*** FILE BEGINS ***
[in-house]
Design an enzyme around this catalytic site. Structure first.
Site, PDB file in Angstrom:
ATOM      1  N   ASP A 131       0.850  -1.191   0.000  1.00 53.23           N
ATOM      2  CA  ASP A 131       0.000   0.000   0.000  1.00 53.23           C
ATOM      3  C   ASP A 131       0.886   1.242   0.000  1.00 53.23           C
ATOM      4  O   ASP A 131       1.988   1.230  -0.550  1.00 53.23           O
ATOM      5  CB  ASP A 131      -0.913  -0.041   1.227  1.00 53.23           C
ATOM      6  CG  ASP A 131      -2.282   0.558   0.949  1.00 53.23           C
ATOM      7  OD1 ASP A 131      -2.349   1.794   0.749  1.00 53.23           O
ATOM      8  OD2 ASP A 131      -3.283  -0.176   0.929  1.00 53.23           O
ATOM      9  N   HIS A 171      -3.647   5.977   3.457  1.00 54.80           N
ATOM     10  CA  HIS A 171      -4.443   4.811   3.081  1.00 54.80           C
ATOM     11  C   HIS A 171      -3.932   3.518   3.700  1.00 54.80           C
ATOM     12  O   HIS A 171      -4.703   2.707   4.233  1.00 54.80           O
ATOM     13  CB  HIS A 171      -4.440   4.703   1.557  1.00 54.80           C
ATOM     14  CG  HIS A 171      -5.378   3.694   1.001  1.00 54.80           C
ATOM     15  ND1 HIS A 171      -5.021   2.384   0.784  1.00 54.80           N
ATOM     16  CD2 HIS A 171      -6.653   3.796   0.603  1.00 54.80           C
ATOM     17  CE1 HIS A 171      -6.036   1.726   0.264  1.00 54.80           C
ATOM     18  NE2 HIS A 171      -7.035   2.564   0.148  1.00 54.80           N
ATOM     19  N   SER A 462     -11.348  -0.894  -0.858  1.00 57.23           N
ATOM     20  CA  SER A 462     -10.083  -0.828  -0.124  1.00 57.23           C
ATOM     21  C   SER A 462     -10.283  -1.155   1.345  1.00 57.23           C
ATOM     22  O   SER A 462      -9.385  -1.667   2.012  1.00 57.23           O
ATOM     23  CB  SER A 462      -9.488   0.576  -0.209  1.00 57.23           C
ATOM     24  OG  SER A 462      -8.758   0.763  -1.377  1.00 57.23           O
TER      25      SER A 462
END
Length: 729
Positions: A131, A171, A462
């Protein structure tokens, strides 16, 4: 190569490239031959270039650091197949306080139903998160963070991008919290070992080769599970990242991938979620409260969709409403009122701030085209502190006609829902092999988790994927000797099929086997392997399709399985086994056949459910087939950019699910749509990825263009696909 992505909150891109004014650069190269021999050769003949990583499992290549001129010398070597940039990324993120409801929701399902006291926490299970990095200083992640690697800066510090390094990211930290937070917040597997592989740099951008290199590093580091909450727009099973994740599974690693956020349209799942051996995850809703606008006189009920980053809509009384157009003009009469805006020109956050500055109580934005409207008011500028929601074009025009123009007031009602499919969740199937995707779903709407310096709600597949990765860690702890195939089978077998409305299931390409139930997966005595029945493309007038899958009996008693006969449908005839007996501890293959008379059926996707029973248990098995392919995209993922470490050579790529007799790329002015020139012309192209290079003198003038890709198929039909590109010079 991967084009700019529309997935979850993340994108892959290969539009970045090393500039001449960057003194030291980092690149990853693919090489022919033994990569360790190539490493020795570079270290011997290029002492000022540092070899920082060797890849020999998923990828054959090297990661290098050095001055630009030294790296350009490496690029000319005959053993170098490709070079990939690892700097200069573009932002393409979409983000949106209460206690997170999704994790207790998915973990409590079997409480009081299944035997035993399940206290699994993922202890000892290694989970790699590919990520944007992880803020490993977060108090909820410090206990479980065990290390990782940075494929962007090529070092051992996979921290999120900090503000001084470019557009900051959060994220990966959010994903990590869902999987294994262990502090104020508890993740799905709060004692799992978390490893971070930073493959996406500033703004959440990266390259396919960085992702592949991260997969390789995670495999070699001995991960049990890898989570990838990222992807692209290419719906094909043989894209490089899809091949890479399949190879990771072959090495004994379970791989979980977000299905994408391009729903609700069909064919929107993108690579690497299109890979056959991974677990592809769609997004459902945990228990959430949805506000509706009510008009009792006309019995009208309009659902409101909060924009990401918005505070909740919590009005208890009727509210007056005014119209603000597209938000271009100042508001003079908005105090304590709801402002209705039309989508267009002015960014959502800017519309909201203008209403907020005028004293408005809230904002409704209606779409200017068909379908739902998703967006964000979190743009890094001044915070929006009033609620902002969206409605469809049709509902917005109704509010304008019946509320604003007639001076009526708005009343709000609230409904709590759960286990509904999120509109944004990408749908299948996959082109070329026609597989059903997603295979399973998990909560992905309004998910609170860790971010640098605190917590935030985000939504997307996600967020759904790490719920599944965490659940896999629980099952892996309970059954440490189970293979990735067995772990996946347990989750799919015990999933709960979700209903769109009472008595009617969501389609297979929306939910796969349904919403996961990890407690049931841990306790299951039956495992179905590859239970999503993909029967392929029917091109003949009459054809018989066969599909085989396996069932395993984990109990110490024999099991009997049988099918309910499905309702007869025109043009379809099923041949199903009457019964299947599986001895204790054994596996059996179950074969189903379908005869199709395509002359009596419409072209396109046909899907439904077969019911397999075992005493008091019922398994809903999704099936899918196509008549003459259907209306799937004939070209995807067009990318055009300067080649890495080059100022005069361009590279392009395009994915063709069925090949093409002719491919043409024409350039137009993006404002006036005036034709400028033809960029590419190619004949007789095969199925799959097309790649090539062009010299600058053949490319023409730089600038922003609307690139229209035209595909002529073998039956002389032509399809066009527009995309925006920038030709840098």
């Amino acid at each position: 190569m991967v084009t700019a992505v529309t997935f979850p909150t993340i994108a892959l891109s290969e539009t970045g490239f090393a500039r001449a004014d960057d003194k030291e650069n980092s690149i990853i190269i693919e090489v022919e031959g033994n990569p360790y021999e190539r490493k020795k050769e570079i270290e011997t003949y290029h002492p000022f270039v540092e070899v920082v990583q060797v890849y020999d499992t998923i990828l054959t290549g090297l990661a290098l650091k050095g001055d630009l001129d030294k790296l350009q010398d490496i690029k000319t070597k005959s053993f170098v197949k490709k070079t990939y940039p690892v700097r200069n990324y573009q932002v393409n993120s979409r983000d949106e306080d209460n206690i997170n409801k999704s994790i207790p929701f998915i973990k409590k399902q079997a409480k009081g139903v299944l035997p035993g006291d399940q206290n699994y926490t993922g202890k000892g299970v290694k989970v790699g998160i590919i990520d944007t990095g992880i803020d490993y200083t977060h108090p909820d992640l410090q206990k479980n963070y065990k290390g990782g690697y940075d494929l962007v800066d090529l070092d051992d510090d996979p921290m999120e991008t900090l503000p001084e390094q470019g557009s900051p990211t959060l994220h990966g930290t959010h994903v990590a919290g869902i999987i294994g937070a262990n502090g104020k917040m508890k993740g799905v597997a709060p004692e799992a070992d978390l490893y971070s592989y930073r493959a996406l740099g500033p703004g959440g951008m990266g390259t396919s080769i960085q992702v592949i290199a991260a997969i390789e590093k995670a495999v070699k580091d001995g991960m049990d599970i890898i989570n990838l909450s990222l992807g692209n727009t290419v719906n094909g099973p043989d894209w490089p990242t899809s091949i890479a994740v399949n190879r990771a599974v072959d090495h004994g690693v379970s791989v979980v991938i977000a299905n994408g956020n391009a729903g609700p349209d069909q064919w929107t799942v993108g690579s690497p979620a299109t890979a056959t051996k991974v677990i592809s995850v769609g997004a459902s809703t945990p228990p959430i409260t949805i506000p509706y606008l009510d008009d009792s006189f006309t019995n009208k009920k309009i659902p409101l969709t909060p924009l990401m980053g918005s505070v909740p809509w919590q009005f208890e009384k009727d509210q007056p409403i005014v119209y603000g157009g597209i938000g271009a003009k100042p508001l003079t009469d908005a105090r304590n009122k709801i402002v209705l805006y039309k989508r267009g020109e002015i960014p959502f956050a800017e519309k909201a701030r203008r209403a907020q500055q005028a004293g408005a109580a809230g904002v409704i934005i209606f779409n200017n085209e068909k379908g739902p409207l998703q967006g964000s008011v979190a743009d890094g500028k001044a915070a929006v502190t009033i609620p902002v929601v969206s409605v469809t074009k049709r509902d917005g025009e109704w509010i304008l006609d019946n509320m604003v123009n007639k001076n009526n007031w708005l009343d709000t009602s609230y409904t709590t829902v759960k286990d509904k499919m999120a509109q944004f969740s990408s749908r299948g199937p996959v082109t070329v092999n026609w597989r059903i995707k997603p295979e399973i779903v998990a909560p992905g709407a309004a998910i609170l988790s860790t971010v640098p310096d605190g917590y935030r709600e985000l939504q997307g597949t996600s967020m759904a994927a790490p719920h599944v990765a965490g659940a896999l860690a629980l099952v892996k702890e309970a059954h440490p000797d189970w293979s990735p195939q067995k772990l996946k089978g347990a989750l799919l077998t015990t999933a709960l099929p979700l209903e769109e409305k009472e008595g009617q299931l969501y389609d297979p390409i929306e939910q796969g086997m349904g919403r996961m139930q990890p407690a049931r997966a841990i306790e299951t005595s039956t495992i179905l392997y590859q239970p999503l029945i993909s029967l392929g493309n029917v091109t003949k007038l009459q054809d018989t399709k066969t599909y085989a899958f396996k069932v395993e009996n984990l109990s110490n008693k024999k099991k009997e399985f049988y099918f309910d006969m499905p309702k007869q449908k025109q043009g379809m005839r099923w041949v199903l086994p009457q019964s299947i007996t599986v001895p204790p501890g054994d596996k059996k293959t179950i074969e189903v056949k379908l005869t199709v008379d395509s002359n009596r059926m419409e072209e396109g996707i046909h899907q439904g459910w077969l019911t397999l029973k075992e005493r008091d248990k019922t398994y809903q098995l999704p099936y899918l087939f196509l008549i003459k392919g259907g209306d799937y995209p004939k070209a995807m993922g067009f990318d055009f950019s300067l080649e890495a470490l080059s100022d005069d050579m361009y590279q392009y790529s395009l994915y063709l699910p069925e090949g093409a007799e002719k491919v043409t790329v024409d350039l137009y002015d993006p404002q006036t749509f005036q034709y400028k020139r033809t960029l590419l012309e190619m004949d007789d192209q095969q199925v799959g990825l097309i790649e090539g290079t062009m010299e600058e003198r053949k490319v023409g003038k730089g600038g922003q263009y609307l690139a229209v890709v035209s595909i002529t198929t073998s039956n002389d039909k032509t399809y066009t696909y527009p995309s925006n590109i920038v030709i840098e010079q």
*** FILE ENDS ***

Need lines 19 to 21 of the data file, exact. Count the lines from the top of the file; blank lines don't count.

ATOM     16  CD2 HIS A 171      -6.653   3.796   0.603  1.00 54.80           C
ATOM     17  CE1 HIS A 171      -6.036   1.726   0.264  1.00 54.80           C
ATOM     18  NE2 HIS A 171      -7.035   2.564   0.148  1.00 54.80           N